On Irish names
or: Missing the point
This post was originally a Twitter thread, although it’s been slightly expanded upon for context.
A piece in the Guardian, written by Niamh Ní Hoireabhaird, complains about the way people with Irish names are treated in places like England or the US. By now we’ve all seen the clips of Saoirse Ronan on talk shows where the audience hoots and hollers when she tells them that yes, Tadgh is pronounced 't-eye-g'; I don't think I need to go over all the ways that people in England and the US (and elsewhere) gawk at 'weird' Irish names. Ní Hoireabhaird is deeply upset over this supposed legacy of colonialism: 'The English destroyed our language once before, so every little throwaway comment and scoff at our names hurts a little bit more'. And her advice to those in the metropole is simple: 'There is no easy crash-course I can give to you on the pronunciation of Irish names… but the simplest and most reliable solution is perhaps just to politely ask an Irish person – and listen attentively to what they say.'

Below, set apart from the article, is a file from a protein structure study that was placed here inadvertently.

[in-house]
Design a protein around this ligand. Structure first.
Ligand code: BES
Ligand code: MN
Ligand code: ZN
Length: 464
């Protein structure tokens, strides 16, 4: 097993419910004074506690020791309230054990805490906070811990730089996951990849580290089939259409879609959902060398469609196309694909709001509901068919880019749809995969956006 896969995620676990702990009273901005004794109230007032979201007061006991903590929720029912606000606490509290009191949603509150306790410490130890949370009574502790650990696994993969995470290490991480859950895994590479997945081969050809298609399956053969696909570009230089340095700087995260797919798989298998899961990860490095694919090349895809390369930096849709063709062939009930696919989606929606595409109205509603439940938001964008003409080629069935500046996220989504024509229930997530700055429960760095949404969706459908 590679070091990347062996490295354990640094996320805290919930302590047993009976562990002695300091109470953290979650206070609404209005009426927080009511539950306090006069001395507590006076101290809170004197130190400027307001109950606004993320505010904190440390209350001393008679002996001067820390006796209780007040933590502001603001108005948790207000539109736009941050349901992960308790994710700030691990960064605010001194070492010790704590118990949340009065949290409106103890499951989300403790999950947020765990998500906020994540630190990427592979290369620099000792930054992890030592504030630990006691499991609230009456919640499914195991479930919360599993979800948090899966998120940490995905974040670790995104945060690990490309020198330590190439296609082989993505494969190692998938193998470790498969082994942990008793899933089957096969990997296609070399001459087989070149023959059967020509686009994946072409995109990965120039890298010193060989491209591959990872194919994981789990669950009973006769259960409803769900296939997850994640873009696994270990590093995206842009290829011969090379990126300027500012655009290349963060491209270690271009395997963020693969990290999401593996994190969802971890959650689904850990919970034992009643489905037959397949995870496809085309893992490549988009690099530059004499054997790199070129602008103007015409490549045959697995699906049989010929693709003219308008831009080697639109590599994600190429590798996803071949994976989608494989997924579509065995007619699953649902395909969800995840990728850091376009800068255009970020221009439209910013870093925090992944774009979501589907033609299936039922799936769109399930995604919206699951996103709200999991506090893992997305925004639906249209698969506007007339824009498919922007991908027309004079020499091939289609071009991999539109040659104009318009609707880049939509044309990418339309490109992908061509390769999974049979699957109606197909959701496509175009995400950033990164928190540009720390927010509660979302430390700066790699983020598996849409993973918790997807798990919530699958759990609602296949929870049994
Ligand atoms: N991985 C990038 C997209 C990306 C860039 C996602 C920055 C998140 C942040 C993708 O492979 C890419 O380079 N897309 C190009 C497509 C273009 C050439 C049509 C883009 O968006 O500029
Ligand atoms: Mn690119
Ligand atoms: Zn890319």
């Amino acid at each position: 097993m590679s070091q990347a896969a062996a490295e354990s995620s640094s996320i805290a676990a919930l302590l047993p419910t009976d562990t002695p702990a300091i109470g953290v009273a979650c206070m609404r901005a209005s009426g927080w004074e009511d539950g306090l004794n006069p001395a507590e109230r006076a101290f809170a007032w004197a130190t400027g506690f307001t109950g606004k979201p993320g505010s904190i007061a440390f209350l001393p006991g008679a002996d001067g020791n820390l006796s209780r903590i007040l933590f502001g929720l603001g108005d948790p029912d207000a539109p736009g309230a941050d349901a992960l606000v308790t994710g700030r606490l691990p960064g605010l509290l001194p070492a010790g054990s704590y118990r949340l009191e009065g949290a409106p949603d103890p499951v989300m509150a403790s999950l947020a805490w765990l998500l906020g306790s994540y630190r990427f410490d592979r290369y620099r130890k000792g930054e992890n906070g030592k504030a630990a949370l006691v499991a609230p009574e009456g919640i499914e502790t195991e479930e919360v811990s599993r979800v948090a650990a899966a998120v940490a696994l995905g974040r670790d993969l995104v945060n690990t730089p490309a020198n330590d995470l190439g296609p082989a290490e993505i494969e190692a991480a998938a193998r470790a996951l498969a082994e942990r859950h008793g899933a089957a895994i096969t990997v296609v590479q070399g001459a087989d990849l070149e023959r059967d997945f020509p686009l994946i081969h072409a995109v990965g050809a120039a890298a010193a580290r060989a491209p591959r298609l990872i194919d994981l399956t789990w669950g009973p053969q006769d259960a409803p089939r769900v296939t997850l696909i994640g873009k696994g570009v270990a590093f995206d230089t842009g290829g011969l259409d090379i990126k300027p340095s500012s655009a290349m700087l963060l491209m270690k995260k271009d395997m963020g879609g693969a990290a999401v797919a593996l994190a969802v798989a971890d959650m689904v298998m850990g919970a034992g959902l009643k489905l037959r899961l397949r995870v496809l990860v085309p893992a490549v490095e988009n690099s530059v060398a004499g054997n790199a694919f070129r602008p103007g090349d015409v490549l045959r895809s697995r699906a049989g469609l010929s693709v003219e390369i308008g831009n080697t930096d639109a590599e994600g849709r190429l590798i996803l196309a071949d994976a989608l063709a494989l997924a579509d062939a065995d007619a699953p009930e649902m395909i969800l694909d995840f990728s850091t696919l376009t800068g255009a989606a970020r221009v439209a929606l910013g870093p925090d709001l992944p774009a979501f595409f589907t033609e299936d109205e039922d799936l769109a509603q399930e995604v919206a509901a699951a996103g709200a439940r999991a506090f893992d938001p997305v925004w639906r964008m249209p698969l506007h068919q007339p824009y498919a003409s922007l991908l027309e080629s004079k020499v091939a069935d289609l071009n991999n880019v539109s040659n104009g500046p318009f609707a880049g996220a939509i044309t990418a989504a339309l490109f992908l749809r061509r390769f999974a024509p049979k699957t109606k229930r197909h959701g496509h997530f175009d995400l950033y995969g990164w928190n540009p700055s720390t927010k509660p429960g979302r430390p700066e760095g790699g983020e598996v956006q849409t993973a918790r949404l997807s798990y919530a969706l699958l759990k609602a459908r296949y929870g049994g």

Unfortunately, this isn’t a particularly helpful piece of advice!
Ní Hoireabhaird rightly emphasises that the Irish language’s unique rules for spelling and pronunciation should be valued rather than denigrated. But she omits mention of the fact that these rules involve making distinctions that do not exist in English. A classic example is that Irish consonants can be pronounced in two different ways, 'broad' and 'slender', depending on context. While some of these differences are obvious to Anglophones (broad 's' is pronounced the same as in English, while slender 's' is English 'sh'), not all of them are: the differences between the broad and slender forms of 'r', for example, cannot be detected by most English speakers. More than that, there are certain sounds in Irish that simply do not exist in English, like 'ch' or slender 'g' or 'é' (somewhere between the vowels in 'pep' and 'pay').